Doctors from Seoul National University of Korea have been hired at the worlds largest medical complex that China is building. The university and Chinas Yanda Group will cooperate in education, research and diagnosis at China Yanda International Health City. Located in the Yanjiao Economic and Technological Development Zone about 30 kilometers away from Beijing, the medical complex has a hospital with some 3,000 sickbeds, a global medical think tank, a senior citizens town for 12,000 people, a nursing institute, and an international convention center. The town shows Chinas will to attract medical tourists not only from China but also from the rest of the world.
The establishment of the giant health town was possible because the Chinese government in 2000 let the private sector lead the medical industry. China introduced a for-profit hospital system to allow private capital to invest in medical services while allowing foreign capital to have hospital ownership. Recognizing the medical sectors potential to stimulate demand and create jobs, communist China allowed for-profit hospitals and opened its market to the world in a move considered more daring than what capitalist Korea did.
China invited doctors from Seoul National because it recognizes the competitiveness of the Korean medical sector. Korean medical students boast top-notch quality to the extent that they nearly dominate their countrys top spots at universities in the annual college entrance exam. While Korean medical students are top-notch, however, doctors call Korean hospitals third rate. Most of the blame is on the fundamentalist view of the public utility role of medical services that makes it impossible for private investors to invest in medicine. Those who see medical services from an ideological point of view ignore the argument that allowing for-profit hospitals and promoting medical tourism can enhance the level of medical services through competition, ultimately heightening the quality of medical services in the country.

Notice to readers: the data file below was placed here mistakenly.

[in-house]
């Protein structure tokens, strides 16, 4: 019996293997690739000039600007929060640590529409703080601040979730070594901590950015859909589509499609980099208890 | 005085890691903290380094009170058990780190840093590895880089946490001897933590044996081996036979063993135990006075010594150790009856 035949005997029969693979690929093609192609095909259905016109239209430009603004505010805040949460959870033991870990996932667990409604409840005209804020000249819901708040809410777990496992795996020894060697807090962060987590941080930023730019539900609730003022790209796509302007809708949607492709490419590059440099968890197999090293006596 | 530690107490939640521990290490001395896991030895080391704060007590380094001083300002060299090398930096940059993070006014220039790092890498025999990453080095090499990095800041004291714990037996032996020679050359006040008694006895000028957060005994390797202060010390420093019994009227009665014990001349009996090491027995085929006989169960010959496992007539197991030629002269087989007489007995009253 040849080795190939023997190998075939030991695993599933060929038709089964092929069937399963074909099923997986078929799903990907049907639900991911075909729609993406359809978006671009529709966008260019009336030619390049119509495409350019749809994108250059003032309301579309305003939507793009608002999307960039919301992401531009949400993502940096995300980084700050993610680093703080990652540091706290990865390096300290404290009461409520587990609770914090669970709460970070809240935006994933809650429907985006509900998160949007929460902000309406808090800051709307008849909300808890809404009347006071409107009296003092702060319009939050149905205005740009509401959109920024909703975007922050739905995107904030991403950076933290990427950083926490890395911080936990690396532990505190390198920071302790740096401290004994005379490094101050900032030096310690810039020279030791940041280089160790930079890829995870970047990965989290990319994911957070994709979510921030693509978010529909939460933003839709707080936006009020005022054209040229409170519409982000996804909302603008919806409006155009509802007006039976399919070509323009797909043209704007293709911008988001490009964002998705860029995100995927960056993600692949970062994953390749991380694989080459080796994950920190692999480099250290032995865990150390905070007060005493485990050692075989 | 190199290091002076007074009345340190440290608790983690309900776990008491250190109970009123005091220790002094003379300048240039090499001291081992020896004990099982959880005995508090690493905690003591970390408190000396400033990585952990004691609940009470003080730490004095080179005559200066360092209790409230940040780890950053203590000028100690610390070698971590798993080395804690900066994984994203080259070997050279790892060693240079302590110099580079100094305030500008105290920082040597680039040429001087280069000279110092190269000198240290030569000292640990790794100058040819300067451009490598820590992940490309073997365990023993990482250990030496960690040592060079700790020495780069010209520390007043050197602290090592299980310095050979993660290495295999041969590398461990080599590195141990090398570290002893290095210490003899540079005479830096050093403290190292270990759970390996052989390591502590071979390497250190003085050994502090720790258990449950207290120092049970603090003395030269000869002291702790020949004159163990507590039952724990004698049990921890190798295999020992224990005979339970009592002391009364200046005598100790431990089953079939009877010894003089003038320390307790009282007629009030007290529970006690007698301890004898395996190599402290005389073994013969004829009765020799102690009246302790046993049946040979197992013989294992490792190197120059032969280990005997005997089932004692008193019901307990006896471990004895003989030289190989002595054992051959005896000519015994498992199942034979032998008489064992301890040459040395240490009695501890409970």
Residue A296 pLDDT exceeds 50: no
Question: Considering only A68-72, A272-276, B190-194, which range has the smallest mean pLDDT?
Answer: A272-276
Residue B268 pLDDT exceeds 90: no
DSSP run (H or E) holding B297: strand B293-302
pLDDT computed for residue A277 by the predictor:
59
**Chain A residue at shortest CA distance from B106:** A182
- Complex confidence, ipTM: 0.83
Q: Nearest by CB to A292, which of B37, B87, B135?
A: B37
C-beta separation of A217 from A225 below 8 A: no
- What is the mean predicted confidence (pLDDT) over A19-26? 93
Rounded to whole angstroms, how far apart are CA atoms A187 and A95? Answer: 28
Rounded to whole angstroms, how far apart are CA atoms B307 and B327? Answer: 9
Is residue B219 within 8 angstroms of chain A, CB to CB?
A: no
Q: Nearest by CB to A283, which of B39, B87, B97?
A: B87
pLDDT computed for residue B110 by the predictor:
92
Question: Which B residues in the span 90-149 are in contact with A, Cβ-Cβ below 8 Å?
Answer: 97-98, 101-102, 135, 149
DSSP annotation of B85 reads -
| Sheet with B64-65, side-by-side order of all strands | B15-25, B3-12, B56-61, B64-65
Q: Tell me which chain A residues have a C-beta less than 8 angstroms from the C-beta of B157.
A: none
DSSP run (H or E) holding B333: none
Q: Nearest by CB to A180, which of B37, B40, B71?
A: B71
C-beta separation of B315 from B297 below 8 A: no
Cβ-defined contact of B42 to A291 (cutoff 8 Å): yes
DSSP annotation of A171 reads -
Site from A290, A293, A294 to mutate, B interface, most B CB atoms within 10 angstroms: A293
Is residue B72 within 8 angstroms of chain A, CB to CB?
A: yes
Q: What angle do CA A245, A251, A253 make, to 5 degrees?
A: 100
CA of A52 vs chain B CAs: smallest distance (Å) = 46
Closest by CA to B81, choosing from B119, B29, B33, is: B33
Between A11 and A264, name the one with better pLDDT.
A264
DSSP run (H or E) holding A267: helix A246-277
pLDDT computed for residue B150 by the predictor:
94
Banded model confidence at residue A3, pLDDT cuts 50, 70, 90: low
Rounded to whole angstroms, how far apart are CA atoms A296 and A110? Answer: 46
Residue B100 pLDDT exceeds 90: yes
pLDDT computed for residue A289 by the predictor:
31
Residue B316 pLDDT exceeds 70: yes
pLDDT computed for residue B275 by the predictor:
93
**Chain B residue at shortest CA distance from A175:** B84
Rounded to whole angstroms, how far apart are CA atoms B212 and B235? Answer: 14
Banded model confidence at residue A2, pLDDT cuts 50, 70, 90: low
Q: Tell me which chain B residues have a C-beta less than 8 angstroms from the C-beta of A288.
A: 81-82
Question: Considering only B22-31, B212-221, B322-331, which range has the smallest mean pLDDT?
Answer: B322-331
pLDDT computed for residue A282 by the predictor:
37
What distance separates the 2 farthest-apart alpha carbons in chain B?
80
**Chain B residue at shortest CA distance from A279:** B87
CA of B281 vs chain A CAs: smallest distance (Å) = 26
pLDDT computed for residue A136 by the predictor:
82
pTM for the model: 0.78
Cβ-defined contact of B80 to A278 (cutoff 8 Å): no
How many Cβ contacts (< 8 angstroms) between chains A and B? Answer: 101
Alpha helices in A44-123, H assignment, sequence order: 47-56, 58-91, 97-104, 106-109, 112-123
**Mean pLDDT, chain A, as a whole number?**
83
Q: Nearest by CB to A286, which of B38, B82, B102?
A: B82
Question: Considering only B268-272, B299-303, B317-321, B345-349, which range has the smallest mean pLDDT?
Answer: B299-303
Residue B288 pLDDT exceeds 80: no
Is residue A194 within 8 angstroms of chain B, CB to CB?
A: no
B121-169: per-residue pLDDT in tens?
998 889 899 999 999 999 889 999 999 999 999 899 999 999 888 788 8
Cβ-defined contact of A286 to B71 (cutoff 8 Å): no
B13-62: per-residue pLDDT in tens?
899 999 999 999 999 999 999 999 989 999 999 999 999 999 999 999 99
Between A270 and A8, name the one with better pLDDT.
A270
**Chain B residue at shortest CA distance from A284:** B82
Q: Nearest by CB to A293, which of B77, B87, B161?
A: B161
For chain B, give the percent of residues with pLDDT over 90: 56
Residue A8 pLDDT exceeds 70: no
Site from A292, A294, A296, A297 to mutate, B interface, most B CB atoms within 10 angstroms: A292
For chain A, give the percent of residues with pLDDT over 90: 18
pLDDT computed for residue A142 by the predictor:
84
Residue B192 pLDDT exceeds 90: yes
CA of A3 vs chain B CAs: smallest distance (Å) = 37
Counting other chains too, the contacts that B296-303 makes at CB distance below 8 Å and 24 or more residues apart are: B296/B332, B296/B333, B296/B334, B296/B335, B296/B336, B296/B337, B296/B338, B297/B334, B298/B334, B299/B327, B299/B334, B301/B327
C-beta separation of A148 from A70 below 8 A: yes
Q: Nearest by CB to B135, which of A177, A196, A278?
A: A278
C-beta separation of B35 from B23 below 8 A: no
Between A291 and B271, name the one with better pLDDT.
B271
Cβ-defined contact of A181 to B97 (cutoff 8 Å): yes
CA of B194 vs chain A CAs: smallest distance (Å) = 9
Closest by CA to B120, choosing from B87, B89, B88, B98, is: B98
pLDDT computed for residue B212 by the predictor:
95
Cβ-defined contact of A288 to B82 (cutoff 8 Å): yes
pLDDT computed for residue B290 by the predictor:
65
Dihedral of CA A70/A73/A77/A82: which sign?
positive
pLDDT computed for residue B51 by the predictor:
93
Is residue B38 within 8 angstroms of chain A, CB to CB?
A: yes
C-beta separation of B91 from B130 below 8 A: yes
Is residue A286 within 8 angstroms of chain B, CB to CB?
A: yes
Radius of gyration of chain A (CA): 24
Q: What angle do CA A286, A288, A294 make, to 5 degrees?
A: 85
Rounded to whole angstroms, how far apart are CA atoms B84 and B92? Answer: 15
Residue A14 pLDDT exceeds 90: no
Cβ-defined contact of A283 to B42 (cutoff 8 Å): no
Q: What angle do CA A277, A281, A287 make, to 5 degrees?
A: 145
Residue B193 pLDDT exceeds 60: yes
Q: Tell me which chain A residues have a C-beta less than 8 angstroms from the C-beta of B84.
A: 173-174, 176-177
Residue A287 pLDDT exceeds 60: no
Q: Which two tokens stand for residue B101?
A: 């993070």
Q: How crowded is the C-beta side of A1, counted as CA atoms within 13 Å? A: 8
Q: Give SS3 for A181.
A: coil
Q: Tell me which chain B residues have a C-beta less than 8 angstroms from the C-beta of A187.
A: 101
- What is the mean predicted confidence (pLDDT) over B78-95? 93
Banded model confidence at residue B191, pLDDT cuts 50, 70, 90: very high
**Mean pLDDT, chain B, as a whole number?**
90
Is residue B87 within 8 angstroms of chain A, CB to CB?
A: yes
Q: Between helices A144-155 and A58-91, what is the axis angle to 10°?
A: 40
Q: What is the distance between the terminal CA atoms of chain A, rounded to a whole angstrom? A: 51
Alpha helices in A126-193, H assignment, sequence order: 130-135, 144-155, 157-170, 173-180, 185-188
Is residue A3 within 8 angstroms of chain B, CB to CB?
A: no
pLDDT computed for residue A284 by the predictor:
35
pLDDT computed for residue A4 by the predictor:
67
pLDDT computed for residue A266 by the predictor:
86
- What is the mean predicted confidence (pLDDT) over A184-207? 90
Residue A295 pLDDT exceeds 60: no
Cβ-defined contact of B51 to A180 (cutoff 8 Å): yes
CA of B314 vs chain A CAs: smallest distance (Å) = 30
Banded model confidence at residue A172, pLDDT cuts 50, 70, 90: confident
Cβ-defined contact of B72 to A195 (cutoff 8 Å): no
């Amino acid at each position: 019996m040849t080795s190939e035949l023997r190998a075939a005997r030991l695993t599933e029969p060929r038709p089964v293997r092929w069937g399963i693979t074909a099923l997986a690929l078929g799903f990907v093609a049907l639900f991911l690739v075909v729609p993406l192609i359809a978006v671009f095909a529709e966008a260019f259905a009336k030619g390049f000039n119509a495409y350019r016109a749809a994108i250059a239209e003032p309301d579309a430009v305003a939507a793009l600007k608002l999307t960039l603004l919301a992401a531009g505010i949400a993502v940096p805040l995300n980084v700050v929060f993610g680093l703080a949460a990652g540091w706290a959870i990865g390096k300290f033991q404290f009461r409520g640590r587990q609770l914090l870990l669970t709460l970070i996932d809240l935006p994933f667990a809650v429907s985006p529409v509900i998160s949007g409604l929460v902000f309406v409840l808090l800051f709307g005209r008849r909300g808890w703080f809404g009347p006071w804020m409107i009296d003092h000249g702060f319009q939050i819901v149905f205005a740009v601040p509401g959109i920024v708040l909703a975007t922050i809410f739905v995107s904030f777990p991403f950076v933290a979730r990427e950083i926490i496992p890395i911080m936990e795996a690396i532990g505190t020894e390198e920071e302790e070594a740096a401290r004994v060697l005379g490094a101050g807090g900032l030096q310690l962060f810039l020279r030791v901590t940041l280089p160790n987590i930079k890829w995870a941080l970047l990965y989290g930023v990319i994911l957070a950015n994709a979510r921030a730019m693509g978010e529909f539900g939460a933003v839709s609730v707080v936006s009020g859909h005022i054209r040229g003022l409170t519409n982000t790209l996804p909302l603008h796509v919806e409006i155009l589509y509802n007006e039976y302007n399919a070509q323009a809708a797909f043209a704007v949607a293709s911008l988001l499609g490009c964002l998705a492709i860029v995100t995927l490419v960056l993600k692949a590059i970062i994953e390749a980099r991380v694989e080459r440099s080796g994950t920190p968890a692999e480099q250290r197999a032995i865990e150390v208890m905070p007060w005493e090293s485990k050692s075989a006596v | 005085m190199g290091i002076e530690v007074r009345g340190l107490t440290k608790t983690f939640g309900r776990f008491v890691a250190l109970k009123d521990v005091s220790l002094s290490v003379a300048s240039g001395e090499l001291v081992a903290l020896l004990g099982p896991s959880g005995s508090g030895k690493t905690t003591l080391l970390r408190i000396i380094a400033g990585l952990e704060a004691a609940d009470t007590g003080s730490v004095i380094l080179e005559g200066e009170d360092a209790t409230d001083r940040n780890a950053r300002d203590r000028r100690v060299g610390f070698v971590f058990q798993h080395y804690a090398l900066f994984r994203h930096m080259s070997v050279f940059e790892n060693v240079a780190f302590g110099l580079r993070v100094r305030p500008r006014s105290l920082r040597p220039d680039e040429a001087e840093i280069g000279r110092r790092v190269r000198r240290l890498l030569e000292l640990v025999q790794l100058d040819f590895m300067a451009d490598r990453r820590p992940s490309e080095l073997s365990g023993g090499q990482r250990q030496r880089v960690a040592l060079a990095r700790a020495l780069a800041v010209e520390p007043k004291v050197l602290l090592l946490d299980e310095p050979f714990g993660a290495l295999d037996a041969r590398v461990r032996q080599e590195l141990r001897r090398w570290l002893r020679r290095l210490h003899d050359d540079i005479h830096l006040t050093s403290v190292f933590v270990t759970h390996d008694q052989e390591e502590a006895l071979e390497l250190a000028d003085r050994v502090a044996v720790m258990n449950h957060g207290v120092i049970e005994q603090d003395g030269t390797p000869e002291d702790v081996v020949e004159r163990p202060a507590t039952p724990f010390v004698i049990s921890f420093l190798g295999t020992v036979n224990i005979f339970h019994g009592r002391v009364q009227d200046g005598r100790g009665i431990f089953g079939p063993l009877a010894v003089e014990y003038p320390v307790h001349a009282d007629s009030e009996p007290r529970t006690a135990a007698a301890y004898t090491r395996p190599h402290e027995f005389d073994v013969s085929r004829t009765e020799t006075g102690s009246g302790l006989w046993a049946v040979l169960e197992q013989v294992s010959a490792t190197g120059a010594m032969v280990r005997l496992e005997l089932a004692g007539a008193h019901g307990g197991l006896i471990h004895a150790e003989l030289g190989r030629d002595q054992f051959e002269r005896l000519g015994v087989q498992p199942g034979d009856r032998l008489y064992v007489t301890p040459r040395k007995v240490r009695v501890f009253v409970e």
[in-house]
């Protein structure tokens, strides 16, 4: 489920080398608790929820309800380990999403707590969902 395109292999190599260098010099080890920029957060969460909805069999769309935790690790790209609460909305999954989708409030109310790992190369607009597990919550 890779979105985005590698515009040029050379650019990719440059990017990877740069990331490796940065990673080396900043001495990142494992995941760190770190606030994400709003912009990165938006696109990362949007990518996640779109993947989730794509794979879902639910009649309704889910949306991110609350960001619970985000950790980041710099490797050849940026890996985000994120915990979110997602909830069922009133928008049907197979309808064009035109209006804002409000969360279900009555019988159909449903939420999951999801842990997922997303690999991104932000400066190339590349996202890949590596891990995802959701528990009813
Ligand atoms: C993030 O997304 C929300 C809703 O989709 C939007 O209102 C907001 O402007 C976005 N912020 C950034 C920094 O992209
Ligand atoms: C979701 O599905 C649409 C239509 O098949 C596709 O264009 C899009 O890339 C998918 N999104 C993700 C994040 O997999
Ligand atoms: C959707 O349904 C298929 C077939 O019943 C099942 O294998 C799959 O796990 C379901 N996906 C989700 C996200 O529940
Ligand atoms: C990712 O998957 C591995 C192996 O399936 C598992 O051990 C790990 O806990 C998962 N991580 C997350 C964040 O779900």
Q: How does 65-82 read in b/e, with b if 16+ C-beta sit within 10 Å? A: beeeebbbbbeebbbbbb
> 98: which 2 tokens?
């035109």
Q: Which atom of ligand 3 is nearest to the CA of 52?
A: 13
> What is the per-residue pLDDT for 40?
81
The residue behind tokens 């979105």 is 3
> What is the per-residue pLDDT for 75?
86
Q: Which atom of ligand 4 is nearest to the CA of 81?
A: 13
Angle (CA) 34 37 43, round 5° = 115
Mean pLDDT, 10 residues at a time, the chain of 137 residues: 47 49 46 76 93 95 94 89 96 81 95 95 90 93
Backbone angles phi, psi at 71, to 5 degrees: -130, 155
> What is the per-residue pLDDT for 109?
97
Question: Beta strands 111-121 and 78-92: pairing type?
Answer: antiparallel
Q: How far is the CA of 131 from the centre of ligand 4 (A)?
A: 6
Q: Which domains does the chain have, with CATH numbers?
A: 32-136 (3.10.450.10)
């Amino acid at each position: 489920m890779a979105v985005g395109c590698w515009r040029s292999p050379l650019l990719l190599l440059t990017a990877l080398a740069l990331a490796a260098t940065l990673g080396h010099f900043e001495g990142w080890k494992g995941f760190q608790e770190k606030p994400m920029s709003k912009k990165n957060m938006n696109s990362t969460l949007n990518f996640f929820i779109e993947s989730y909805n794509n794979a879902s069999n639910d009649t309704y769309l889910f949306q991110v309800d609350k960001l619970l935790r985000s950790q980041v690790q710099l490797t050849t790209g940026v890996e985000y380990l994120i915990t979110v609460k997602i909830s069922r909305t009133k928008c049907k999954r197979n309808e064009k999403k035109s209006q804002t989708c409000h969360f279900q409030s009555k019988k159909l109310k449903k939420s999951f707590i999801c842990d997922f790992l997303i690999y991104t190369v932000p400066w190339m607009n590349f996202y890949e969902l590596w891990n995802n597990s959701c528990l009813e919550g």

Around the world, medical services have long been a business model to create national wealth and jobs. Singapore has earned handsome profits by attracting foreign medical tourists since the 1990s, prompting other countries to follow suit. In Japan, hospitals and tourist agencies work together to attract foreign patients, while Malaysia offers tax benefits to hospitals that cater to medical tourists.
Since its inauguration, the Lee Myung-bak administration has sought to introduce for-profit hospitals open to private investment as a means to promote medical tourism. This campaign, however, is being held back by opposition from even within the ruling party. If this situation continues, Korea will eventually see its people going to China for medical treatment.
Editorial Writer Park Young-kyun (email@example.com)